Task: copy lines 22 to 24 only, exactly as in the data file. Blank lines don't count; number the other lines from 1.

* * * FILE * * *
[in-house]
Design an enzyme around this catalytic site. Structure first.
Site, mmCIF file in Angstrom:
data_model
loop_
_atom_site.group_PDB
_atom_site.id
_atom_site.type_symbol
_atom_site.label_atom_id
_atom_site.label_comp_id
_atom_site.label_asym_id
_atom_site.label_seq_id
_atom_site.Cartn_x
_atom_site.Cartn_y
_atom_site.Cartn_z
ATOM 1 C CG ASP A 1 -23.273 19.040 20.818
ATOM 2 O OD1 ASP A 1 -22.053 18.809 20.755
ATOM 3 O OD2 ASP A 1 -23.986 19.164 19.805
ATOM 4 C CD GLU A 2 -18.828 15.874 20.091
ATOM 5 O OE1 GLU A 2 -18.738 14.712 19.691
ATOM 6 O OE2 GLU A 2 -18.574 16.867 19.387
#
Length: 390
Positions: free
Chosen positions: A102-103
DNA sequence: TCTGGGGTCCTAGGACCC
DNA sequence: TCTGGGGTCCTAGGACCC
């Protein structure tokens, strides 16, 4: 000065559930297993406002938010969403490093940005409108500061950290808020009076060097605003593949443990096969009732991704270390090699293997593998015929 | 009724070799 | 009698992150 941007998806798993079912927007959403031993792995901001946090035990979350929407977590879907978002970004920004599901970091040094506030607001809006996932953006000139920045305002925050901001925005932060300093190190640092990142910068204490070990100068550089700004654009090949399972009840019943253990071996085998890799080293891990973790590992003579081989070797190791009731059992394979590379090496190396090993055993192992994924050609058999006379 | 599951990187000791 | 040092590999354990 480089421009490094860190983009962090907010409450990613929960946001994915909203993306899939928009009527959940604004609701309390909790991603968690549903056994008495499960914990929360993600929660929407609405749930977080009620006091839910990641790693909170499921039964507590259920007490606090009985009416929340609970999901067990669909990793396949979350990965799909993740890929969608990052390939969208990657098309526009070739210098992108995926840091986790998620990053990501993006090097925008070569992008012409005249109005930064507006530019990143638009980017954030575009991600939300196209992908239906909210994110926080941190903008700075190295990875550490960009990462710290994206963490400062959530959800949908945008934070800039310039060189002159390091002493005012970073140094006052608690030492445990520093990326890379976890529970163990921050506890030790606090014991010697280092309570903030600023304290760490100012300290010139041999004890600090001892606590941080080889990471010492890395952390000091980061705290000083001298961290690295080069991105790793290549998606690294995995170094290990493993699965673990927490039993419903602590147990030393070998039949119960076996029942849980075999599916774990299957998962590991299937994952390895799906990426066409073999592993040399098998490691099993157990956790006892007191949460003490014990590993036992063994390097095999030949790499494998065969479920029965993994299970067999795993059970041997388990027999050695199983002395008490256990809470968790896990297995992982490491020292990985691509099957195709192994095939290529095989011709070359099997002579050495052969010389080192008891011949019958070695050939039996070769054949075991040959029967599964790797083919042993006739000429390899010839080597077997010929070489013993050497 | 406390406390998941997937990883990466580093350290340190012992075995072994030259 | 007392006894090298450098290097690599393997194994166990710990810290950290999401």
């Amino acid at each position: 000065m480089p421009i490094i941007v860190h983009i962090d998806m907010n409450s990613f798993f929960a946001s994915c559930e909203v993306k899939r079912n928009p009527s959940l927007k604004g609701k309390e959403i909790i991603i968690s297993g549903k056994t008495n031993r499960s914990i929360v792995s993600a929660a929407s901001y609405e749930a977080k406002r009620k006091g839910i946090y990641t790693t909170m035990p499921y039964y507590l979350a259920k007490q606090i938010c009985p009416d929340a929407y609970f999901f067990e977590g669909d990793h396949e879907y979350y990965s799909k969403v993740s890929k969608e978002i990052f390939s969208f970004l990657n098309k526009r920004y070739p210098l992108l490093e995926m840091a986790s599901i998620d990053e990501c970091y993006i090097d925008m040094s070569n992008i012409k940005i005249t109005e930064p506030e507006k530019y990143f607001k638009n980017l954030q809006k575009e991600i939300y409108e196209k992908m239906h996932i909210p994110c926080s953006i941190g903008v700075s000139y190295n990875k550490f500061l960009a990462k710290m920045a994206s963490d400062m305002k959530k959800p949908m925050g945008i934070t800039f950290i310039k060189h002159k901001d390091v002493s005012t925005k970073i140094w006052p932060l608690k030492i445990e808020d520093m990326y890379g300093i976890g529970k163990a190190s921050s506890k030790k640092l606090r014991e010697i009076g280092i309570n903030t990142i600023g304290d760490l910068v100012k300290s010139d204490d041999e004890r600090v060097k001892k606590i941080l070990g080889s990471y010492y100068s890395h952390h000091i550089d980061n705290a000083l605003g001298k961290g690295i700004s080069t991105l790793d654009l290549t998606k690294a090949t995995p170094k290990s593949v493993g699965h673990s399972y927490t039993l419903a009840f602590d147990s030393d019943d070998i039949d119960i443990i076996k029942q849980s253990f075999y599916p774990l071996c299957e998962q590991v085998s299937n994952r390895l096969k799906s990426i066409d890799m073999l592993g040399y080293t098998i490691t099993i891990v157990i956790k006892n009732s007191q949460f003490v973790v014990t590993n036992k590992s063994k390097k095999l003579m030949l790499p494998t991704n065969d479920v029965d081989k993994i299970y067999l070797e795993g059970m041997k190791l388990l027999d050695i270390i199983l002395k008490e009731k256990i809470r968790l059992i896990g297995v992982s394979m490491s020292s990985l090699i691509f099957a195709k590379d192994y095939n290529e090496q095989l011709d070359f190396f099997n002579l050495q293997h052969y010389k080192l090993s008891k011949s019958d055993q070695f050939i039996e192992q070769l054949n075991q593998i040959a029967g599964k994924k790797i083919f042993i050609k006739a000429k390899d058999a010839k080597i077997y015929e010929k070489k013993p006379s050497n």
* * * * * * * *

#
Length: 390
Positions: free